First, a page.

The much awaited Mac OS Sierra update was officially made available on the 20th of September, 2016. The brand new Mac OS boast of an advanced and more helpful Siri, optimized storage management options, full compatibility with the Apple watch and highly improved Messaging features.
But then, what good is all that if your Mac started to act buggy right after the update to Mac OS Sierra. If you are one among those small groups of unfortunate users who are having troubles with Mac OS Sierra, here are fixes that will help restore your Mac back to normal!
First, please backup your Mac!
It is highly recommended that you first back up your Mac before you carry out any of the fixes below. Please note that the fixes below have been tested and tried by many who vouch for its safety. Nonetheless, it doesn’t hurt to take the extra precaution that will allow you to simply roll back to a restore point on your Mac, created through Time Machine. Here’s a comprehensive guide on how to carry out Time Machine backups on Mac OS Sierra.
Fixing Wi-Fi issues in Mac OS Sierra
1. Deleting and force re-writing system files to fix Wi-Fi problems
A Mac without Wi-Fi is no fun. In fact, it could even almost be useless. If your Wi-Fi was working fine until before the update to Mac OS Sierra, apply the following fixes to revive your wireless connection.
- First, please quit all apps that are using or trying to use the internet connection (e.g. Chrome, Safari, iTunes, etc.)
- Turn off the problematic Wi-Fi connection
- Go to Finder
- Enter “/Library/Preferences/SystemConfiguration/”
- Locate the following 5 files
- Copy these files onto a flash drive (Precautionary step)
- Delete the files on your Mac OS Sierra partition, once you have a copy of them
- Restart your Mac
- Also, restart your Wi-Fi router when you restart your Mac
- See if your Mac OS Sierra Wi-Fi connection is back to normal!
Don’t worry about deleting the files mentioned above. Mac OS Sierra is designed to rewrite these files after a successful restart. There is a very high chance that your Wi-Fi problems will go away after you apply this simple fix.
If it still persists, try the slightly more complicated fix detailed below.
2. Fixing Mac OS Sierra problems by entering custom DNS
- First, please quit all apps that are using or trying to use the internet connection (e.g. Chrome, Safari, iTunes etc)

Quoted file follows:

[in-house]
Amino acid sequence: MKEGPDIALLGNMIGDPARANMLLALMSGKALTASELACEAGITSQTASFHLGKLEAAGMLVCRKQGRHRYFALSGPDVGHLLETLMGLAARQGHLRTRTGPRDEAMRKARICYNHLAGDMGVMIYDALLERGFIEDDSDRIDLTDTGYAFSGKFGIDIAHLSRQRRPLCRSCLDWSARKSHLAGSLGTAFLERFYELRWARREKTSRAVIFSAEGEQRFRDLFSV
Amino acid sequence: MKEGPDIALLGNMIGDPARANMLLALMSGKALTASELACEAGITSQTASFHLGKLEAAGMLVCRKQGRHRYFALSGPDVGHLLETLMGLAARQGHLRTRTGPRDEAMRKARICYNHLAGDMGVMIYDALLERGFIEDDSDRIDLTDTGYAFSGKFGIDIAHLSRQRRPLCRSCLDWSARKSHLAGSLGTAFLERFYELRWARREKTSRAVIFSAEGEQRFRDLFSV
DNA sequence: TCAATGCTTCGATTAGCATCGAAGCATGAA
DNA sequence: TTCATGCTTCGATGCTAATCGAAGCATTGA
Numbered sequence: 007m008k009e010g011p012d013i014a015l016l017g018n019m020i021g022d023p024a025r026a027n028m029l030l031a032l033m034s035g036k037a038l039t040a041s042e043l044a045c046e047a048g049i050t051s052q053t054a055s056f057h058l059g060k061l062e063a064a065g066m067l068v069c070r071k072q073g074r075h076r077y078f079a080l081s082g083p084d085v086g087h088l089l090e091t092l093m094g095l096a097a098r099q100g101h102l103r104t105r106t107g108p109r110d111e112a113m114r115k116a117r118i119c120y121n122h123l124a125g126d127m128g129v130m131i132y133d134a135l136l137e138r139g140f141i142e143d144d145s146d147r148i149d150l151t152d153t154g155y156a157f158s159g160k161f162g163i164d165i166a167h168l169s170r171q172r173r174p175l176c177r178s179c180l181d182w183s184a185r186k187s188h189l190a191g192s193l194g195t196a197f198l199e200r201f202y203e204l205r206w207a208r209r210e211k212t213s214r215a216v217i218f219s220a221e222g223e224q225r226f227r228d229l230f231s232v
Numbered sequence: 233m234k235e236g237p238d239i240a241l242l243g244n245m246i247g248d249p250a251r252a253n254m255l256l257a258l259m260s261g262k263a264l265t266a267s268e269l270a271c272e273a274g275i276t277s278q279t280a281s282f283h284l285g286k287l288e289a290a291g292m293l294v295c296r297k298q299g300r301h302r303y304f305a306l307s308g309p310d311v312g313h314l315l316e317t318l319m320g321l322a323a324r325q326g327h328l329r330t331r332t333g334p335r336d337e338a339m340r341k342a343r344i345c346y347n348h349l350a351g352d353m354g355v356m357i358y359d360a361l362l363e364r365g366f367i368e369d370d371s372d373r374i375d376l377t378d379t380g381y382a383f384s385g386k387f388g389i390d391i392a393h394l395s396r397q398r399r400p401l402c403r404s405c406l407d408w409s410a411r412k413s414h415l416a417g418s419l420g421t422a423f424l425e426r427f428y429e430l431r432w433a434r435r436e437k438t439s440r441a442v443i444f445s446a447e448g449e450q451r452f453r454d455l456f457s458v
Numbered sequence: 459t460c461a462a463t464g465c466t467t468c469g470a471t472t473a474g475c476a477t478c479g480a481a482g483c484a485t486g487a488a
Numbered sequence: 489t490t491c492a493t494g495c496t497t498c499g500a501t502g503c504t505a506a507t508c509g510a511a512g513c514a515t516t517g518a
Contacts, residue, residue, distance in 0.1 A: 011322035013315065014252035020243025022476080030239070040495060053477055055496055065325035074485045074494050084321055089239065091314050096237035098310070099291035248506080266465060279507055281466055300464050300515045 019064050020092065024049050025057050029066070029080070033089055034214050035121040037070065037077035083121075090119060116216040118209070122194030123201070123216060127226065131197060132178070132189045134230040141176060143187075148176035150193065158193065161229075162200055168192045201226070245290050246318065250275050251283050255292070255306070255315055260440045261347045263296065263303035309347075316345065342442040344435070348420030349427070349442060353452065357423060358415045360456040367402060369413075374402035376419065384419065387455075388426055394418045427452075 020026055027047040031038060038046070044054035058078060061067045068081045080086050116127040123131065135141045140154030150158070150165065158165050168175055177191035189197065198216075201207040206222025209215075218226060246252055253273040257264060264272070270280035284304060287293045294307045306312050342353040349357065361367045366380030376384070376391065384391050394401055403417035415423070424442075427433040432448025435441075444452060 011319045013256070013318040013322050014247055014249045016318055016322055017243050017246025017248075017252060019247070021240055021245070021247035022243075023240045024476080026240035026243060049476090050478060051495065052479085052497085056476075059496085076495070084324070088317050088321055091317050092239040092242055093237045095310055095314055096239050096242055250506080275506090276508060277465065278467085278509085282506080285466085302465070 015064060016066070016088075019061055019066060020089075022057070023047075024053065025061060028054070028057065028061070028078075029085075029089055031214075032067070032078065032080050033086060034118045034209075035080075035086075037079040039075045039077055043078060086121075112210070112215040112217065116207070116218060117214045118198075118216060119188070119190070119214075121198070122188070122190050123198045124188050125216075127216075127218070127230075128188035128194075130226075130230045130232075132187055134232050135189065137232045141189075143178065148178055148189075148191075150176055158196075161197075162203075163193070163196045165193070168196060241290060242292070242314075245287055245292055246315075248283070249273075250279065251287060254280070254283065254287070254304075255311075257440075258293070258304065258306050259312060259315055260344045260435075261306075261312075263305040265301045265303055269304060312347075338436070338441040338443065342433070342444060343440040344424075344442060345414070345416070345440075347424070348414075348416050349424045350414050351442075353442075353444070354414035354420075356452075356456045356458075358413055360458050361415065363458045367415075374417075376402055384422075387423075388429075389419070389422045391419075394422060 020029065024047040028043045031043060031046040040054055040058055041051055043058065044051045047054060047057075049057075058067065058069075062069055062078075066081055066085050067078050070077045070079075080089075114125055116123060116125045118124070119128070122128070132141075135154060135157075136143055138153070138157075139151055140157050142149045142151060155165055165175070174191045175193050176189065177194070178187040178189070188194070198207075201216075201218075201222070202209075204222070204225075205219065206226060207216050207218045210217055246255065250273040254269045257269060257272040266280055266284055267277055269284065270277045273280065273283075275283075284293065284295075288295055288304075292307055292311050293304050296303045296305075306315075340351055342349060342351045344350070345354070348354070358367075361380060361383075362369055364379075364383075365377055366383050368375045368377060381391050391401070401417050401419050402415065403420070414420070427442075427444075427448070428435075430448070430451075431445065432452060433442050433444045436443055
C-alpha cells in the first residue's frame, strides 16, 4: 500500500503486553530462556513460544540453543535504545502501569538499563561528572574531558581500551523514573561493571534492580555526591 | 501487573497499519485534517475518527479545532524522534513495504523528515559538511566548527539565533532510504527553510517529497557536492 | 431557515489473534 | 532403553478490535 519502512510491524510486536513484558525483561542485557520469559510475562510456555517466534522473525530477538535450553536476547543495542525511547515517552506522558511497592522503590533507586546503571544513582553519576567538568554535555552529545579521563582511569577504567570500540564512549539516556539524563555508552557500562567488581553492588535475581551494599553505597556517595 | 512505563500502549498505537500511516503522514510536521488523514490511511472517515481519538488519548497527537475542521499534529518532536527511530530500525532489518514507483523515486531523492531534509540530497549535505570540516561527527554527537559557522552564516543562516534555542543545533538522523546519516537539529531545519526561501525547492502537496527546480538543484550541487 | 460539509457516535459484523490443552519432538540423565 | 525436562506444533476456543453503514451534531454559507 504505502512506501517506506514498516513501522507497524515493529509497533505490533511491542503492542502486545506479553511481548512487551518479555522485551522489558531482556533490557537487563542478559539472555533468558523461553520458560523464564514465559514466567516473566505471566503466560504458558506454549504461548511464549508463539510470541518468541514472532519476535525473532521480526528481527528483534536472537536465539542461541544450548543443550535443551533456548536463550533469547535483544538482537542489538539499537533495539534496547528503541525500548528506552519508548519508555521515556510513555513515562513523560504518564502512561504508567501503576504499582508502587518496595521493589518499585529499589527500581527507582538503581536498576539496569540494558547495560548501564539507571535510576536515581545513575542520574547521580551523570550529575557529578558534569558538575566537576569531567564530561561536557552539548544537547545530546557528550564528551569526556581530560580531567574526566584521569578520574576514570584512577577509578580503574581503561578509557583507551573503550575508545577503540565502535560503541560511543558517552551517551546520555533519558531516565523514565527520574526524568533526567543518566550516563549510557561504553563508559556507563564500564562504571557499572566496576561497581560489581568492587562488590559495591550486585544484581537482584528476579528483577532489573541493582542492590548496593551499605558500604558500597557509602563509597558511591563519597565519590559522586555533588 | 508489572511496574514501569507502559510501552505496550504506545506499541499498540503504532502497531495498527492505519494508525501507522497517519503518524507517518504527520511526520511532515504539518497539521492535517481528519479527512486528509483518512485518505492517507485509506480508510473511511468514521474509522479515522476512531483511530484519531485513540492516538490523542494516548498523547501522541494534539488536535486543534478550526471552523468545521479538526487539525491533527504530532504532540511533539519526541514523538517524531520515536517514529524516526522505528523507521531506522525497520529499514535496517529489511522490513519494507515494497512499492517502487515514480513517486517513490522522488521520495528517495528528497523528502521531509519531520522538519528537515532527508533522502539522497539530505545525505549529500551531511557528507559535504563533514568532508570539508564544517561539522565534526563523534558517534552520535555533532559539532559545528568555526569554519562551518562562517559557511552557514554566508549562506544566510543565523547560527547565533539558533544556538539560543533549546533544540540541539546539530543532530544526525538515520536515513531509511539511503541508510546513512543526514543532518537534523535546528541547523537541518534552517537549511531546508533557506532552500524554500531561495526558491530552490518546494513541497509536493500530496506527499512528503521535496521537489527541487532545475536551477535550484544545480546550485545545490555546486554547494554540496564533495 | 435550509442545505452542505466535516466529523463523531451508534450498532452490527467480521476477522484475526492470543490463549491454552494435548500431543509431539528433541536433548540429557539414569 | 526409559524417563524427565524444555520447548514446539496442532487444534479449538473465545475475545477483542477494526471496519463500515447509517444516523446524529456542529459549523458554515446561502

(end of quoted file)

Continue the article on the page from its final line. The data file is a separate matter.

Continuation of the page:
- Open System Preferences
- Go to your Wi-Fi connection and select the “Edit Locations” option
- Create a new Wi-Fi connection, giving it any name you choose
- Join this new Wi-Fi connection that you have created, by entering your Wi-Fi password if prompted
- After you have connected, go to advanced settings of this Wi-Fi connection
- Edit TCP/IP > Renew DHCP lease > Apply > DNS >
- Enter 184.108.40.206 and 220.127.116.11 (DNS of Google)
- Edit TCP/IP > Renew DHCP lease > Apply > DNS >
- Click OK
- Go to Hardware > Configure > Custom > Edit MTU number to 1453
- Click OK and Save
Once all the above edits are saved, your Wi-Fi connection should hopefully be working well. If not, restart your Mac and your Wi-Fi router just to be safe and see if your Wi-Fi works normally.
The above two fixes should give you about a 95% chance of restoring your Mac OS Sierra related Wi-Fi problems, especially if your Wi-Fi started acting up just after the update to Mac OS Sierra.
Performance issues after upgrade to Mac OS Sierra
After Wi-Fi issues, the second most common gripe for users who just updated to Mac OS Sierra is their Mac has become sluggish. Multi-tasking takes too long or the Mac just wakes up from sleep too slowly, etc.
There are fixes for speed issues as well. Some of the easy ones are detailed out below. For a comprehensive list of fixes, please visit this Mac OS Sierra performance troubleshooting guide.
1. Carry out an SMC Reset
An SMC reset is a soft hardware reset that will fix potential issues with thermal monitoring, the response of the power button, spin cycles of your hard drives, etc. Resetting this to factory defaults can potentially spring Mac OS Sierra back to life.
Don’t worry about deleting important user data when carrying out these resets. They are safe resets that might in the worst case scenario only require that you change your system time and so on.
To carry out an SMC reset,
- Shut down your Mac
- Unplug your Mac from the wall charger or outlet
- Press and hold the power button, for 15 seconds (use a timer!)
- Release the power button
- Reconnect Mac to the wall charger
- Wait for about 10 seconds
- Turn on your Mac like normal
Though very simple, this can be a miracle fix sometimes!
2. Carry out a PRAM reset
Quite similar to an SMC reset, you can also carry out a PRAM reset. Again, resetting PRAM will not result in any loss of personal user data or important system data.
- Power off your Mac
- Power on your Mac
- As soon as your Mac starts up, press the combination of the following keys; Option + Command + R + P (all together)
- Press and hold until your Mac restarts
- Once your Mac restarts the second time, release all keys and allow for a normal restart
Besides these fixes, it is also very important that you make sure your Mac is first compatible with Mac OS Sierra. As Mac OS Sierra is the latest OS out from Apple, it is more demanding on your Mac’s processor and memory than its predecessors like El Capitan, Yosemite or Mavericks.
Unless you bought your Mac in late 2009 or after, it probably isn’t good enough to run Mac OS Sierra. If this is the case, you have only the option of rolling back to your older version of Mac OS X, like OS X Mavericks, OS Yosemite or OS X El Capitan. Here’s a good resource on how to rollback from Mac OS Sierra to one of the older OS X versions.
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